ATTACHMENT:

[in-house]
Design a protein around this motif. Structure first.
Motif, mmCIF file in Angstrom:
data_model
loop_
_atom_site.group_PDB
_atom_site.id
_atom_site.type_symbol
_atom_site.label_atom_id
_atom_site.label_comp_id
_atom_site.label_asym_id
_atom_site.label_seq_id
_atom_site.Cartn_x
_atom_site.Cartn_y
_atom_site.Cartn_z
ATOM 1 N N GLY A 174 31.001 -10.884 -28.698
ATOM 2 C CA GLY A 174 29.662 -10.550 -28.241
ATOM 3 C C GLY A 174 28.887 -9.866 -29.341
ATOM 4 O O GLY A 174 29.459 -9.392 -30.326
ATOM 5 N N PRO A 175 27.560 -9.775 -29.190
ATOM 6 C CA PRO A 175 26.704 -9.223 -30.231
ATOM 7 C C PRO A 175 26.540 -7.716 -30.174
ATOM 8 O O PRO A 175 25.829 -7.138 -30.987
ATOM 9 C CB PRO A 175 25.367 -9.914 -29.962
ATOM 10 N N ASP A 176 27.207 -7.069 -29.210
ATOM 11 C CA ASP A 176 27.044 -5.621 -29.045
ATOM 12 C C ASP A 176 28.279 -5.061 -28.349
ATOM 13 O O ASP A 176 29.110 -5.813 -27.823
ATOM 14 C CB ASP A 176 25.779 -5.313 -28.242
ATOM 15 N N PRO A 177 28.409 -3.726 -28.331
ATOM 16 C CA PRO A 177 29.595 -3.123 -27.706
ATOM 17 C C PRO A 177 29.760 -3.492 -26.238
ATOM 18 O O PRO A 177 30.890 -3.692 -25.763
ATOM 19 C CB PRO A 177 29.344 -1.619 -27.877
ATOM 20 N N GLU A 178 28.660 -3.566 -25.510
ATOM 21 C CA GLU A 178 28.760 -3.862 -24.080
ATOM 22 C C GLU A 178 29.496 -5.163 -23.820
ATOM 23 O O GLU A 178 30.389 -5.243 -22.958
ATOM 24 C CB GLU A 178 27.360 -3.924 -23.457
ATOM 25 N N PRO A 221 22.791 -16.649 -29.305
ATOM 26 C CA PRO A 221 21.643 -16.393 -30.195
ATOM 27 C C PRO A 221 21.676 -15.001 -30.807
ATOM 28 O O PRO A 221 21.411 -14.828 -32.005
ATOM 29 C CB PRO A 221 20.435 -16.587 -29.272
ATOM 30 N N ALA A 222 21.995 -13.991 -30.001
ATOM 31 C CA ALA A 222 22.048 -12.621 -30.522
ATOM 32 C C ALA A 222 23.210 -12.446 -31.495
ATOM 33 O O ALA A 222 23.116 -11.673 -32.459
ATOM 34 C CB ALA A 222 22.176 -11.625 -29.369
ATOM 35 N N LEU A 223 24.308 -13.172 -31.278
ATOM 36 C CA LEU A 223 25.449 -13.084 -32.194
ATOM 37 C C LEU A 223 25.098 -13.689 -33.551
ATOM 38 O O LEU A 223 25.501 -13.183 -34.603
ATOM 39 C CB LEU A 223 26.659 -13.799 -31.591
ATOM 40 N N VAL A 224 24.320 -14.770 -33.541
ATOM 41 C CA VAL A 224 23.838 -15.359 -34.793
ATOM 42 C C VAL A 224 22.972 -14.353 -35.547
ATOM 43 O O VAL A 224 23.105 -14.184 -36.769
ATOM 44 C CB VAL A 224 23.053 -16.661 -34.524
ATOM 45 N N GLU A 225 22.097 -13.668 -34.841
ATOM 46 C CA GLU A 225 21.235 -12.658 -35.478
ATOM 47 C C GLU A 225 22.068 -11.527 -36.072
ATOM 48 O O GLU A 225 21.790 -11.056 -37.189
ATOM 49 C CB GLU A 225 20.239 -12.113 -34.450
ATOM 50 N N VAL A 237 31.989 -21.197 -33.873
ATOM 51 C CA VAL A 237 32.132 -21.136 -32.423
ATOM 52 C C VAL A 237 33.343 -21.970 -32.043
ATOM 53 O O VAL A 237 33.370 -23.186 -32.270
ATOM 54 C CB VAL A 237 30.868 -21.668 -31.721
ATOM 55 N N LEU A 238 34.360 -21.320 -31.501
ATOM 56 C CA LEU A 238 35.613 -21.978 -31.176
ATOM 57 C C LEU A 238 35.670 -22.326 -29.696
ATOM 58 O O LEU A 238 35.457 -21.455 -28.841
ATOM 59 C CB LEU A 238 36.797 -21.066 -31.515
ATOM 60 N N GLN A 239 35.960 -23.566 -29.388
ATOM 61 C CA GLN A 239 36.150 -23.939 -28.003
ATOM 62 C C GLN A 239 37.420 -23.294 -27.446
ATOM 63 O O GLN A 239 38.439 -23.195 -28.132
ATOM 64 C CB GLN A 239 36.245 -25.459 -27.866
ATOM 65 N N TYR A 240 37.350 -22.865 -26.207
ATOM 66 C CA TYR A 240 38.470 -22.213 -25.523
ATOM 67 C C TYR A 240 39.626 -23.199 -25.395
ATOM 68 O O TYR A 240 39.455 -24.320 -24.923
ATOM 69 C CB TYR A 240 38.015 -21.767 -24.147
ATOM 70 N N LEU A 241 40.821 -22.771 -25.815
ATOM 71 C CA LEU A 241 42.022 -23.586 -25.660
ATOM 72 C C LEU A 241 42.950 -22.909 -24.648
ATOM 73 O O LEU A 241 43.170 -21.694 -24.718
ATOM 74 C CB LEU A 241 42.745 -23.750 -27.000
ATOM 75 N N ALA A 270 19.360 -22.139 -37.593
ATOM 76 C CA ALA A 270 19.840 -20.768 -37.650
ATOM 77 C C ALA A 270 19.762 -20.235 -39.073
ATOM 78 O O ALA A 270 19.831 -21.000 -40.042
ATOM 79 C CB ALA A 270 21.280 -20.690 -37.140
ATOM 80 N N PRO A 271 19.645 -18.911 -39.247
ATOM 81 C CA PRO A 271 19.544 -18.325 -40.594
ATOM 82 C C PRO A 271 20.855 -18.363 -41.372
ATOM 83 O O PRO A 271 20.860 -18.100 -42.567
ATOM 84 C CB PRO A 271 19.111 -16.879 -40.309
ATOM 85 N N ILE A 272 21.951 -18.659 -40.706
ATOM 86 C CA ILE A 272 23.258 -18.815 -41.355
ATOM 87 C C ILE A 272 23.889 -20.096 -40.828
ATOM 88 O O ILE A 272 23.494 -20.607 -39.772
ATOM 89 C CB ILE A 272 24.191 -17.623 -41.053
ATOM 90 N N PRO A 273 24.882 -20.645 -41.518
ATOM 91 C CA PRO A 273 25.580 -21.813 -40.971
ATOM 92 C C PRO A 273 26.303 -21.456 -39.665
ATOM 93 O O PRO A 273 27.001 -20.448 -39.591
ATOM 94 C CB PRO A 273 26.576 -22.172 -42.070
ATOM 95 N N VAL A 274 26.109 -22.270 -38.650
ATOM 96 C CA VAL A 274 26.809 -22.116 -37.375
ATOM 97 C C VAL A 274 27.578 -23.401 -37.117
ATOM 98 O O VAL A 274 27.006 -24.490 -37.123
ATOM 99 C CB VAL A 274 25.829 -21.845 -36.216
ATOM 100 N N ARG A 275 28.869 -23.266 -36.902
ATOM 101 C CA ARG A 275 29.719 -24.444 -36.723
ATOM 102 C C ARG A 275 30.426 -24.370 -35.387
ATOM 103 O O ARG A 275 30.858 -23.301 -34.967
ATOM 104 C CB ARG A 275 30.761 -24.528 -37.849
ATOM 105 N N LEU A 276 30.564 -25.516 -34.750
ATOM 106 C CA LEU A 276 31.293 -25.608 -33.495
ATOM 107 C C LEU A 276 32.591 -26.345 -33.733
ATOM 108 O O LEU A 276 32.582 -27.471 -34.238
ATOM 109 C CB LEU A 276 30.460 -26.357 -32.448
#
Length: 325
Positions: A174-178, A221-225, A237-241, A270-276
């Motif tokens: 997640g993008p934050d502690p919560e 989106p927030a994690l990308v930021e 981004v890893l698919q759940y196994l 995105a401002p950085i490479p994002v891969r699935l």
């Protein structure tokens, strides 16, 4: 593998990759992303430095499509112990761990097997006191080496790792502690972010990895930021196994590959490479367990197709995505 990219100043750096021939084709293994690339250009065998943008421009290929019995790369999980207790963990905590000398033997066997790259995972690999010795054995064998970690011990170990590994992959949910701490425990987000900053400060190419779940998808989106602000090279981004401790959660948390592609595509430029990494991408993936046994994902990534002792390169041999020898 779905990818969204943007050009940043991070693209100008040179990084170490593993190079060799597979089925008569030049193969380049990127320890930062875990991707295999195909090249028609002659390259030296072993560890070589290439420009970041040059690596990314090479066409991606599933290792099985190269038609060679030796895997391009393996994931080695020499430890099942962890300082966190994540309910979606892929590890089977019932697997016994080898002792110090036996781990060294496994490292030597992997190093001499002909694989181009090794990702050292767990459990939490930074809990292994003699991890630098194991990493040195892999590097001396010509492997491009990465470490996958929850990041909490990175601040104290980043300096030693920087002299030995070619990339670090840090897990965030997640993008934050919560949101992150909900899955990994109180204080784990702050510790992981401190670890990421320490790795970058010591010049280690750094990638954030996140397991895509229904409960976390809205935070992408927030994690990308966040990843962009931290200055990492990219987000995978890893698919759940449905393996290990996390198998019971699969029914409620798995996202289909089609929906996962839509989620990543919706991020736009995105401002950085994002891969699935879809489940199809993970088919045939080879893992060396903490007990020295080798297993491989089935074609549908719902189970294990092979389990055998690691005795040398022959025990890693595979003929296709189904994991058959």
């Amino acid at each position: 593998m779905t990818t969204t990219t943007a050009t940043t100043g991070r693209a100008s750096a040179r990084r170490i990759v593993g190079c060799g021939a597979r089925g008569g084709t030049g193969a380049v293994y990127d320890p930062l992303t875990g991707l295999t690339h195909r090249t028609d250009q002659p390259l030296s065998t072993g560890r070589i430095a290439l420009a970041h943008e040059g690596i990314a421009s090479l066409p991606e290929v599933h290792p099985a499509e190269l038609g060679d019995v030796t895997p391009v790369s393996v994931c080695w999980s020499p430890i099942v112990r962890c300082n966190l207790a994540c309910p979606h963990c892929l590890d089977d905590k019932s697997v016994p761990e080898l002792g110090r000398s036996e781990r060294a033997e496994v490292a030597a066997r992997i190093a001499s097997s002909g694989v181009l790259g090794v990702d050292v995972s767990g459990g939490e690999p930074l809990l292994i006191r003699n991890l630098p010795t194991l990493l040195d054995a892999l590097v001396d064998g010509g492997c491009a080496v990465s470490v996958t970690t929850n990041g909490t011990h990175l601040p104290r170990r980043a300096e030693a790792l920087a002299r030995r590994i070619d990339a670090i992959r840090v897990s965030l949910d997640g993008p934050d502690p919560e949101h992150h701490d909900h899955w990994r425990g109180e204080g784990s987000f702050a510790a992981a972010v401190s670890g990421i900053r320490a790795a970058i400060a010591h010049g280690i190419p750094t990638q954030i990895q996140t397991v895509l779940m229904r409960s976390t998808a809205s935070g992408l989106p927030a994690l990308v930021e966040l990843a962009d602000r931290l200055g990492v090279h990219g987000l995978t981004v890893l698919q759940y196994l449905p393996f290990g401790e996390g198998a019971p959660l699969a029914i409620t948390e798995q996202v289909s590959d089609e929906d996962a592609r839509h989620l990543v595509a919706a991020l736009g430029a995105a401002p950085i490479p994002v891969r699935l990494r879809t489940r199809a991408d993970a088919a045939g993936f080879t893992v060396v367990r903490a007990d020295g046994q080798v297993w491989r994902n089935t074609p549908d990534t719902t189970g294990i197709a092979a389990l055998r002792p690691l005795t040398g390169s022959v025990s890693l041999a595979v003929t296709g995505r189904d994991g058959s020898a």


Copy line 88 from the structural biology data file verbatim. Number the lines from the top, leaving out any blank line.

ATOM 73 O O LEU A 241 43.170 -21.694 -24.718